Thank you again and I look forward to reading more of your resources. Just this article has helped me tremendously.
Hello Antonio, thank you for reaching out and sharing your story. It takes a lot of courage and strength to talk about your experiences. I am happy to hear that you are finding value in our content here at HealthyPlace. I encourage you to check out our resources page https://www.healthyplace.com/other-info/resources/mental-health-hotline-numbers-and-refer… for helpful tools as you continue your healing journey.
My father was a really practical man with his hands whereas I hated this type of work. He was a senior rank in the fire brigade so was often dressing up like a peacock in full uniform.
I was told unless I did well at school I would end up being a dustman (trash man) and he taunted me with this very often. I was also mocked by him if I showed emotions with my father calling me "Jennifer" (a girls name that had no other significance) if I was hurt or upset etc.
I was the middle child of three age wise the other two being sisters.
If my father thought I was bad he would take me into the garden and whip me with a belt (he never touched my sisters).
My youngest sister remembers my mother sobbing whilst watching my father beating me but, my Mother never ever intervened at any point ever.
I have grown up a successful man work wise based on my being terrified to fail after my childhood taunting.
I recall my sisters telling me in adult life that they were surprised at my helping my father whenever I could considering how cruel he was to me, so I assume things were worse than I can remember (I do not recall much of my childhood which I am told by my therapist is my brain blocking horrible memories to keep me safe.
I realise also now that my father was a narcissist as it was always about him and his arrogance conforms with all I have read on the subject.
I did start drinking alcohol at around 13 years old (Cider initially) and I stopped alcohol at the age of 60 years old and found I was unstable with hypervigilance, anxiety, recurring thoughts, negative thinking etc which I believe after research that drinking alcohol was due to my need to "self medicate" and numb my emotions.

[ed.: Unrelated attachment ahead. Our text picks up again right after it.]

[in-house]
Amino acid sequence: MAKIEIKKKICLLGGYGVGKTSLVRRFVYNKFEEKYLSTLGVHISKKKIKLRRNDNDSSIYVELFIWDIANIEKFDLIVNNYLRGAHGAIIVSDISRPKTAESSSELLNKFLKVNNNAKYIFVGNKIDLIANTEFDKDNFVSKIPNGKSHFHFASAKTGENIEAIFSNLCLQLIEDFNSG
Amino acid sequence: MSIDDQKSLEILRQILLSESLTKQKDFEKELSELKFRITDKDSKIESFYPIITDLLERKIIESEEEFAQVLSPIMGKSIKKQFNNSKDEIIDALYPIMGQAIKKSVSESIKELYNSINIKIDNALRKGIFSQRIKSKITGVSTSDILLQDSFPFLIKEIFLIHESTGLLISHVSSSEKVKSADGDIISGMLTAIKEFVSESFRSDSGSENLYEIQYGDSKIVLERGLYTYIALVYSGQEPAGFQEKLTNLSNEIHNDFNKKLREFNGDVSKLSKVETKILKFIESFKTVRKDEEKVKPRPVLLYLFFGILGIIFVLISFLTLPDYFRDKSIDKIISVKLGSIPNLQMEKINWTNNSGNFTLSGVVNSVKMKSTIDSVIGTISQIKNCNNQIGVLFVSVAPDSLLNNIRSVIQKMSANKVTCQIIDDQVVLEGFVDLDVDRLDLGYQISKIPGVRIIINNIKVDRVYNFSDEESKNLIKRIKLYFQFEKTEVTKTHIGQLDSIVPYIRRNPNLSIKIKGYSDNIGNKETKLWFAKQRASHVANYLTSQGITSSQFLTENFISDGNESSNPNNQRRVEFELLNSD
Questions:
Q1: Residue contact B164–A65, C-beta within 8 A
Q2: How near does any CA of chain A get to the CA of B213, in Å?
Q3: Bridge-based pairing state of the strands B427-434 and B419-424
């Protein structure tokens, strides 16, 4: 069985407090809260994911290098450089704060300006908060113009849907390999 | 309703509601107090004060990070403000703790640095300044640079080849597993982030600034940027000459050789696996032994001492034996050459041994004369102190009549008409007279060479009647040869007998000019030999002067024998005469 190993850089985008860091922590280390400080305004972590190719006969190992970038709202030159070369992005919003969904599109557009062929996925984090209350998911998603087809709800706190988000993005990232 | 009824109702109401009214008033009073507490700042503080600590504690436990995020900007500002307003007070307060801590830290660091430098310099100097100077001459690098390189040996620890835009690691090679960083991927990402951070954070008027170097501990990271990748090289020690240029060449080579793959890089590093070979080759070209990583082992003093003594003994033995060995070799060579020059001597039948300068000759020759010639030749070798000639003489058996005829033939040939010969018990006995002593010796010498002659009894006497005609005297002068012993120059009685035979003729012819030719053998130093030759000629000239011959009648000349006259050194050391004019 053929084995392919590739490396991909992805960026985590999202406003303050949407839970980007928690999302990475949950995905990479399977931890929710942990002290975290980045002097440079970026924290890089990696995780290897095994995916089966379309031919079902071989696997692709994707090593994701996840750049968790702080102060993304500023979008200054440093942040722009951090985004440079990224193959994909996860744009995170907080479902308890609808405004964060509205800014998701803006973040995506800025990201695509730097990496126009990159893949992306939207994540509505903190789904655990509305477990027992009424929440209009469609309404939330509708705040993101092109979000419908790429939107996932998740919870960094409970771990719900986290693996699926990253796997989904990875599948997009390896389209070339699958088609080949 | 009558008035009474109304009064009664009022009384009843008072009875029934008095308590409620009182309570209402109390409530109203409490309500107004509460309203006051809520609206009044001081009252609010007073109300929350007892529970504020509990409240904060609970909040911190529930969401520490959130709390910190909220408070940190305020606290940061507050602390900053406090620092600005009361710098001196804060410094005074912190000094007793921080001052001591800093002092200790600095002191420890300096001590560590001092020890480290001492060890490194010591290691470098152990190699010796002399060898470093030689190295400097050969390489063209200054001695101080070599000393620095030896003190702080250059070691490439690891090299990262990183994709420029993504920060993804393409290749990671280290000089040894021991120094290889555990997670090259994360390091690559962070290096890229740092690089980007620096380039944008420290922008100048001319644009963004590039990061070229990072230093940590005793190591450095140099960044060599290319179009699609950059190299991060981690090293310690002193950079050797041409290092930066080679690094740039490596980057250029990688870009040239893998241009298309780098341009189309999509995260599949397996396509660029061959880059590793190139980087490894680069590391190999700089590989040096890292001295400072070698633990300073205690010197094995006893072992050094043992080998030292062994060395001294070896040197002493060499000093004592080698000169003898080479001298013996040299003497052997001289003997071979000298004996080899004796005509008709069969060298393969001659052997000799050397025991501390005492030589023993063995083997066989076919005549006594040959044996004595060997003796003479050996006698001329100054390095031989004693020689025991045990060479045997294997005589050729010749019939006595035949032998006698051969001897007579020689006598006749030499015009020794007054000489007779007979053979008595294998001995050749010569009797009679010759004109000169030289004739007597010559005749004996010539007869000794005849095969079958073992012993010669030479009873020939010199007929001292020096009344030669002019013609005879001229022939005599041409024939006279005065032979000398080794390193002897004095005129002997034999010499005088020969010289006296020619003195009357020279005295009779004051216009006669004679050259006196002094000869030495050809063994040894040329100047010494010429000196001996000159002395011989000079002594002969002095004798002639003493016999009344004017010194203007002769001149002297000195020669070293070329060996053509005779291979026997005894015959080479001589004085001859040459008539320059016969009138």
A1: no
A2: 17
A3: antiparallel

Sorry this is a long ramble but I wanted to explain how an awful parent can destroy a life due to his own mental health issues, which sad as it is is not the victims fault.
Thank you for you site.
Hello Bill, I am Cheryl Wozny, author of the Verbal Abuse in Relationships blog here at HealthyPlace. Thank you for reaching out and sharing your story. I am sorry to hear of your abusive past and how you had to cope with your circumstances. It takes courage to tell others of your situation and I am glad to hear that you stopped alcohol at 60. It shows that you are taking the steps to heal so you can help manage your emotions better and find peace in your life. I encourage you to find resources in your area or visit our Resources page https://www.healthyplace.com/other-info/resources/mental-health-hotline-numbers-and-refer…. Here you can use hotlines and offices that can provide the support you need as you continue your healing journey to better mental health. Be well.
I was always told to "hurry up" as a little boy and I "wasn't moving fast enough to suit me (my father)" . It was a joke that my middle name was "hurry up Eric". Considering that my parents divorced at the age of two after a verbally and physically abusive marriage, mostly over my father's job loss and the fact he never wanted kids, and a older brother that resented me being born ( he began wetting the bed after I was born).
Do you think this would cause me to have problems then and possibly into adulthood ?
Hello Eric, I am Cheryl, author of the Verbal Abuse in Relationships blog here at HealthyPlace. Thank you for bravely reaching out here. I am not a professional and cannot provide any medical or psychiatric advice as to any individual's feelings or circumstances. However, I can talk about what I know and have been through and experienced myself. There are also studies that correlate how childhood trauma and situations can affect or alter how a child grows into an adult and how they perceive the world and function. For myself, I have constantly battled low self-esteem and attachment issues. I know now, after years of therapy, that much of these feelings come from my childhood. I urge you to check out some resources online or local to you for guidance. You can find some helpful ones on our Resources Page here: https://www.healthyplace.com/other-info/resources/mental-health-hotline-numbers-and-refer…. I wish you a healthy and happy future.